About Pelvic Pain

The pain from inflamed affected pelvic organs can cause radiation of symptoms and pain to an area distant from the actual pathology.

This is called referred pain as opposed to radicular pain which is caused by the irritation of a large spinal nerve.

Pelvic pain may be acute or chronic.

The pain is usually described as aching and vaguely localized.

The pain is usually worsened depending on the pathology, with walking, urinating, lying down, coughing, bowel movements, menstruation, and sexual activity.

The pain may arise from any of the pelvic organs or surrounding musculature. Common causes of chronic pelvic pain include hernias, urinary bladder infections, endometriosis or tumors, ovarian, uterine pathology, malignancies, and infections.

Diagnoses involve a thorough history and physical as well as proper imaging including CAT scans, x-rays, MRI, and bloodwork in certain cases. Endoscopy, cystoscopy, and PET scans may be useful.

Coordination with the patient’s general practitioner, urologist, gynecologist or oncologist assists in proper diagnosis.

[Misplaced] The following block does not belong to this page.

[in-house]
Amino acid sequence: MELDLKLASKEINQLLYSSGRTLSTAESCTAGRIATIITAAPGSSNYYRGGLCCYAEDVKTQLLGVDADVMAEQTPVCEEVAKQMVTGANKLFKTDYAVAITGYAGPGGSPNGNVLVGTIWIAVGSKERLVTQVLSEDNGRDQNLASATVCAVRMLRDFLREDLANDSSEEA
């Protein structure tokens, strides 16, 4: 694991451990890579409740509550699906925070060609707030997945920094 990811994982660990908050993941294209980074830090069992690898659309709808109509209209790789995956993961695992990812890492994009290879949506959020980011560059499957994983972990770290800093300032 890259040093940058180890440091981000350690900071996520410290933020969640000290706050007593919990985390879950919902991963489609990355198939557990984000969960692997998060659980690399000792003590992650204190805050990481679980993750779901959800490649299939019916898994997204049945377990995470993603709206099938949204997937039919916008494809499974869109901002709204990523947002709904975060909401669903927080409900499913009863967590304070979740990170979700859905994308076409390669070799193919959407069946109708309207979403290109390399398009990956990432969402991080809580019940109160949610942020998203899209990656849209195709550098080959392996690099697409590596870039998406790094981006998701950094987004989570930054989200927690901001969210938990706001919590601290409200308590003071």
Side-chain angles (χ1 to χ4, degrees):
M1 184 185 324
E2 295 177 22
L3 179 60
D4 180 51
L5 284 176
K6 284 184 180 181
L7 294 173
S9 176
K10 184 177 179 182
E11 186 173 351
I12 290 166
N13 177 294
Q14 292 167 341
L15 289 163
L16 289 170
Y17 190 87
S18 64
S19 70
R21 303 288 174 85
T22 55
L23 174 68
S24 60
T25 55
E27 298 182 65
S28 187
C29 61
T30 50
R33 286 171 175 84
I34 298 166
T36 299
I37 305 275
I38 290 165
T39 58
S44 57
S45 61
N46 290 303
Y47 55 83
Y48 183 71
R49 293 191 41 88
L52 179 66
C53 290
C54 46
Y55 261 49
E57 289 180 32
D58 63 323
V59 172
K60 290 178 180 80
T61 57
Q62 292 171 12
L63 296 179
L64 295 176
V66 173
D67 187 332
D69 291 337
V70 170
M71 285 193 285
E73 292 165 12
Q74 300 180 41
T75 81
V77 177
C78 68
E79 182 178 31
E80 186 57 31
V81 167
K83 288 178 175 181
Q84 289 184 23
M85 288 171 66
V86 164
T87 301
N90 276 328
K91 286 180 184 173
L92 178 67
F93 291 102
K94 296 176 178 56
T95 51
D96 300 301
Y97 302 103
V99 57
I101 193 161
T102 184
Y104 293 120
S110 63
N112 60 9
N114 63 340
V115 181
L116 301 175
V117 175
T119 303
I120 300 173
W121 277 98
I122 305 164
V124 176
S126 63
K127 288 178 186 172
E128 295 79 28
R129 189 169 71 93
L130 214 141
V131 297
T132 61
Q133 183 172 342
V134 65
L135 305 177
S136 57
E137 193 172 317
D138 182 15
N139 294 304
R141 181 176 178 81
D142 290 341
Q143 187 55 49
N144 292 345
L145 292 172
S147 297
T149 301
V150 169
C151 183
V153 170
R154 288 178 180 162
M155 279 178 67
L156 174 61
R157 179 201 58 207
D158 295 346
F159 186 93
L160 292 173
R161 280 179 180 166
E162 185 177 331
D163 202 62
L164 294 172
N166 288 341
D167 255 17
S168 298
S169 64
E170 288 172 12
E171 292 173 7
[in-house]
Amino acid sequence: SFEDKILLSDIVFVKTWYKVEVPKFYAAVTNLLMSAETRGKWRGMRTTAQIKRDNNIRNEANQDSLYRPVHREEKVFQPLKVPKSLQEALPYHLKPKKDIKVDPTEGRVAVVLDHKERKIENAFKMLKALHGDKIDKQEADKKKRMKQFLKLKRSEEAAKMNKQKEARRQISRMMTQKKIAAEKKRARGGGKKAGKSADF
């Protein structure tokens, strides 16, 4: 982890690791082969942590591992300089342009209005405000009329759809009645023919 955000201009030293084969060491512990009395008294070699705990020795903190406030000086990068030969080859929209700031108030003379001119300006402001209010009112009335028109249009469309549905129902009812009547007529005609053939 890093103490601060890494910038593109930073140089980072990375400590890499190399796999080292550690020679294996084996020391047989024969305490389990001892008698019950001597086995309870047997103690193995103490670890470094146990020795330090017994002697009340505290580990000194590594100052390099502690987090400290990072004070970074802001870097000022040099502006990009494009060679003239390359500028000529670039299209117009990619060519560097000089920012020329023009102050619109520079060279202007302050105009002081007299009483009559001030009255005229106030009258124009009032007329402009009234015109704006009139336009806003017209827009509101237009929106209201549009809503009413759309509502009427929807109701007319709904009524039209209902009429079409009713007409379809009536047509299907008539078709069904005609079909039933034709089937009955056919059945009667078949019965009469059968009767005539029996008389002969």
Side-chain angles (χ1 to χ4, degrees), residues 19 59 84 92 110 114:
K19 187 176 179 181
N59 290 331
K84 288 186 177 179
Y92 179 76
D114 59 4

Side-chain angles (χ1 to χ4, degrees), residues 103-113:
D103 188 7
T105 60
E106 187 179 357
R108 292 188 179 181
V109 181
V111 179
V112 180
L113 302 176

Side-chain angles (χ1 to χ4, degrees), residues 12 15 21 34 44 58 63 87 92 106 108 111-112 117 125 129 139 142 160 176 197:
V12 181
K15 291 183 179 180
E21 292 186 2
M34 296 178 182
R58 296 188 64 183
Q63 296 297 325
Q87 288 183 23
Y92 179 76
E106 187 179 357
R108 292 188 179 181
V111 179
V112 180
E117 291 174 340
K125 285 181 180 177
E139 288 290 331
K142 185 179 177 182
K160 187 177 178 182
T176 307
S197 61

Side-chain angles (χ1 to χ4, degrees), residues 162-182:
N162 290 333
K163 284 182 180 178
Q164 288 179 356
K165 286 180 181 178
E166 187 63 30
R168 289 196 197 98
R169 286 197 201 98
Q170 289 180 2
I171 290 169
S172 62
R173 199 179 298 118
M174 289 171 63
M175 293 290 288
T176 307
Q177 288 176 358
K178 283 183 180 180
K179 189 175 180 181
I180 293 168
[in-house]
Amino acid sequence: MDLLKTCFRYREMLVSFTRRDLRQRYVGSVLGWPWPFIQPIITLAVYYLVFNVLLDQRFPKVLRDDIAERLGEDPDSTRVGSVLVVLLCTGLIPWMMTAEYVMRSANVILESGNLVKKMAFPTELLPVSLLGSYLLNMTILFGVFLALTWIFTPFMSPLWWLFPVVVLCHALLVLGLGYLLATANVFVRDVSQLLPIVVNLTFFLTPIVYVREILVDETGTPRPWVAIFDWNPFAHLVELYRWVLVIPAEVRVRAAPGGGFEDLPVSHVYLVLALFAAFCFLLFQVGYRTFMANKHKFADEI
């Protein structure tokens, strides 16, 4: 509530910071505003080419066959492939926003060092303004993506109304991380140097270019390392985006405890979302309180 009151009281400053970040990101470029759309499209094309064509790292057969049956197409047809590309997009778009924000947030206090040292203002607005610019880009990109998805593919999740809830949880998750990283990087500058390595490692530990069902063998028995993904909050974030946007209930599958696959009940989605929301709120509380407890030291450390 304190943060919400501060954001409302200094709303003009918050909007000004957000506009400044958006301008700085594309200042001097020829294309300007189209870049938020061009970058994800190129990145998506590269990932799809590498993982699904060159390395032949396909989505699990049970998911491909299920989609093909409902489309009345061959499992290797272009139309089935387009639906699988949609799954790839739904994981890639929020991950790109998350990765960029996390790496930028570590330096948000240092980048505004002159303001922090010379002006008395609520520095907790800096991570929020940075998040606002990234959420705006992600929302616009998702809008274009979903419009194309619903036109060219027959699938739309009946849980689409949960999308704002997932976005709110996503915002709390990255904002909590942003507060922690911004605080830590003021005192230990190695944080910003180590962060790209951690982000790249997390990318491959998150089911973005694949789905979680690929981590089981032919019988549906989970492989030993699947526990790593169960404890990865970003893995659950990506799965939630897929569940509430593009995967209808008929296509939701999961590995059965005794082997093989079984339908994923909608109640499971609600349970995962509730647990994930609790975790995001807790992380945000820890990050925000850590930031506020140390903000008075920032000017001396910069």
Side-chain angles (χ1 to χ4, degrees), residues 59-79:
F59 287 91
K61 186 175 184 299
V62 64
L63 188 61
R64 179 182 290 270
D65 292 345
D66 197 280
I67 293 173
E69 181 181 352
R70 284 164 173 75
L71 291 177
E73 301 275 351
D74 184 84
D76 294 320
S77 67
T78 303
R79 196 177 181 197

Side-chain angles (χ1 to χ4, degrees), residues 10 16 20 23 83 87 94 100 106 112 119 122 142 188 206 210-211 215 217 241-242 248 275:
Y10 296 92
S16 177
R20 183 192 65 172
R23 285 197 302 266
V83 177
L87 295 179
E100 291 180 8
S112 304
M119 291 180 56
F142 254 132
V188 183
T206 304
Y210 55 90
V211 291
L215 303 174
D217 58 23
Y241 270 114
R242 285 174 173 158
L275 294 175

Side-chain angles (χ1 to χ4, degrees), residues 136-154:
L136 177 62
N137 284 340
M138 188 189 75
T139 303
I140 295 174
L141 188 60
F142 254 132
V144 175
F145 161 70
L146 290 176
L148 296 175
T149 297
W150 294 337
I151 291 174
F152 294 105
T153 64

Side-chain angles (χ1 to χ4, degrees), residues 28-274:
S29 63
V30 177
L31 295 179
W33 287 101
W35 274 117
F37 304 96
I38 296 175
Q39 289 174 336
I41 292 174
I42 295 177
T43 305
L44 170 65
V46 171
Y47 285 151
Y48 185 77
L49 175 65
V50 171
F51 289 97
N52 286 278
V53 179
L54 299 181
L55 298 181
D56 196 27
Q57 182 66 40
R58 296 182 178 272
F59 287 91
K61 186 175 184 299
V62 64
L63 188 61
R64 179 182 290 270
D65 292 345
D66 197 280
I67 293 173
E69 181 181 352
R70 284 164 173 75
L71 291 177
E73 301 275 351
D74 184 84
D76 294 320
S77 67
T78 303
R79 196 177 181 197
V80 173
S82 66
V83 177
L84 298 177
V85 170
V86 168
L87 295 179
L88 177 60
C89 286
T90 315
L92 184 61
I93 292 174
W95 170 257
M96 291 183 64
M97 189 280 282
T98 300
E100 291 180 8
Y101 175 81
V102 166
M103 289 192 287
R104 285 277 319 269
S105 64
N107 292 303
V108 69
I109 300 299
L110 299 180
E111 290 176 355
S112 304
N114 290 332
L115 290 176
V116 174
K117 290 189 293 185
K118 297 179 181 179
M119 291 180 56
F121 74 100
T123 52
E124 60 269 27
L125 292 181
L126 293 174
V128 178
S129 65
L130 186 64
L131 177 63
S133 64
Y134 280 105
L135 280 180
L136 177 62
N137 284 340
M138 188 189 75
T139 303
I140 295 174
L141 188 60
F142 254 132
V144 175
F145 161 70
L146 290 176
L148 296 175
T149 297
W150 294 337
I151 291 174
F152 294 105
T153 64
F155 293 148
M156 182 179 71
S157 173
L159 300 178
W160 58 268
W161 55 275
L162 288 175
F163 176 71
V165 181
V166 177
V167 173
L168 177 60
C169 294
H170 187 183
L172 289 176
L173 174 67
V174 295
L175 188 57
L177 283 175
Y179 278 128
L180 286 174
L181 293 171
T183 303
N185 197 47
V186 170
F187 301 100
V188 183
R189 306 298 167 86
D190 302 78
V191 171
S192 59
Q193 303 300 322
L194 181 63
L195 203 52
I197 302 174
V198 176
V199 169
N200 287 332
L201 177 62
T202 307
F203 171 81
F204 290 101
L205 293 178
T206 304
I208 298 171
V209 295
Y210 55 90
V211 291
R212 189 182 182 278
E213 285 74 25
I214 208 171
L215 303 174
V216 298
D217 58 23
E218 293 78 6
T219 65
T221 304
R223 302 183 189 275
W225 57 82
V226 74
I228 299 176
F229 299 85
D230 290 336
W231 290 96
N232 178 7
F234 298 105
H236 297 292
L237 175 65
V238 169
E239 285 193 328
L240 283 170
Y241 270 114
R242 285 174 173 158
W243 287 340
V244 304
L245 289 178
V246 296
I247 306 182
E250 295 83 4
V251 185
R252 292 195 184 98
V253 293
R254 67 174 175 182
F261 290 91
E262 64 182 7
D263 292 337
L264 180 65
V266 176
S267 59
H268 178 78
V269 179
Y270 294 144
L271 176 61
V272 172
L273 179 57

Treatment options include analgesics for temporary pain relief, low-dose antidepressants which are helpful in both sleep and chronic pain, as well as opioid use for worsening chronic pain. Behavioral therapy can be used with success as well as acupuncture.

Physical therapy includes home exercises to help strengthen and improve the core, and pelvic floor muscles.

Diagnostic / Therapeutic spinal injections (sympathetic blocks) with or without supplemental steroids may also be effective and augment the effects of oral medication and physical therapy.

If these fail one can be evaluated for their candidacy for surgery. Spinal cord stimulators have also been used successfully in certain conditions.